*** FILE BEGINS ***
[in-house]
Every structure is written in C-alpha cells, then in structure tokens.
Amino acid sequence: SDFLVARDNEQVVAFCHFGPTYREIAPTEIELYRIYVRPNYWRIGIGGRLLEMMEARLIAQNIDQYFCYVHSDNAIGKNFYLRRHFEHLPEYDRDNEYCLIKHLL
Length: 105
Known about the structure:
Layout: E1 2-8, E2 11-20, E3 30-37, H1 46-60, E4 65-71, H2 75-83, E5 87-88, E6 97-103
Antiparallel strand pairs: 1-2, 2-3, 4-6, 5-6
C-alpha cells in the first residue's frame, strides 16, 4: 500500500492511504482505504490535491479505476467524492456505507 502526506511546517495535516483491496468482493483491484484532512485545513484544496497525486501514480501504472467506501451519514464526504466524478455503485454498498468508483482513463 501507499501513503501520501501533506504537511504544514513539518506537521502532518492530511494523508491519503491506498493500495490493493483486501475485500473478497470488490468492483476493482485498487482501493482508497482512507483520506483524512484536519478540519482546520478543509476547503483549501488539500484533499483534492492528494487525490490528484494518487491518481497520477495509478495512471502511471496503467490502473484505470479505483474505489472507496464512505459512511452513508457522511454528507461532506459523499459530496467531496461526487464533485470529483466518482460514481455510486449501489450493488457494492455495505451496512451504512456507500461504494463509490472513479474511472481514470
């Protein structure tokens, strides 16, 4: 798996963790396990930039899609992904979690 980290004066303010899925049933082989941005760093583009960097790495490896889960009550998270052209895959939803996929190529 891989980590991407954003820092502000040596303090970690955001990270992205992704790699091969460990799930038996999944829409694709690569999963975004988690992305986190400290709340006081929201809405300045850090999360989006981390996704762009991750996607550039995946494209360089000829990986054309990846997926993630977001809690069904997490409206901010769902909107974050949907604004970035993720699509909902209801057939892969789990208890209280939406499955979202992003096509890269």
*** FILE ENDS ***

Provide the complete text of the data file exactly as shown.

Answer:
[in-house]
Every structure is written in C-alpha cells, then in structure tokens.
Amino acid sequence: SDFLVARDNEQVVAFCHFGPTYREIAPTEIELYRIYVRPNYWRIGIGGRLLEMMEARLIAQNIDQYFCYVHSDNAIGKNFYLRRHFEHLPEYDRDNEYCLIKHLL
Length: 105
Known about the structure:
Layout: E1 2-8, E2 11-20, E3 30-37, H1 46-60, E4 65-71, H2 75-83, E5 87-88, E6 97-103
Antiparallel strand pairs: 1-2, 2-3, 4-6, 5-6
C-alpha cells in the first residue's frame, strides 16, 4: 500500500492511504482505504490535491479505476467524492456505507 502526506511546517495535516483491496468482493483491484484532512485545513484544496497525486501514480501504472467506501451519514464526504466524478455503485454498498468508483482513463 501507499501513503501520501501533506504537511504544514513539518506537521502532518492530511494523508491519503491506498493500495490493493483486501475485500473478497470488490468492483476493482485498487482501493482508497482512507483520506483524512484536519478540519482546520478543509476547503483549501488539500484533499483534492492528494487525490490528484494518487491518481497520477495509478495512471502511471496503467490502473484505470479505483474505489472507496464512505459512511452513508457522511454528507461532506459523499459530496467531496461526487464533485470529483466518482460514481455510486449501489450493488457494492455495505451496512451504512456507500461504494463509490472513479474511472481514470
């Protein structure tokens, strides 16, 4: 798996963790396990930039899609992904979690 980290004066303010899925049933082989941005760093583009960097790495490896889960009550998270052209895959939803996929190529 891989980590991407954003820092502000040596303090970690955001990270992205992704790699091969460990799930038996999944829409694709690569999963975004988690992305986190400290709340006081929201809405300045850090999360989006981390996704762009991750996607550039995946494209360089000829990986054309990846997926993630977001809690069904997490409206901010769902909107974050949907604004970035993720699509909902209801057939892969789990208890209280939406499955979202992003096509890269």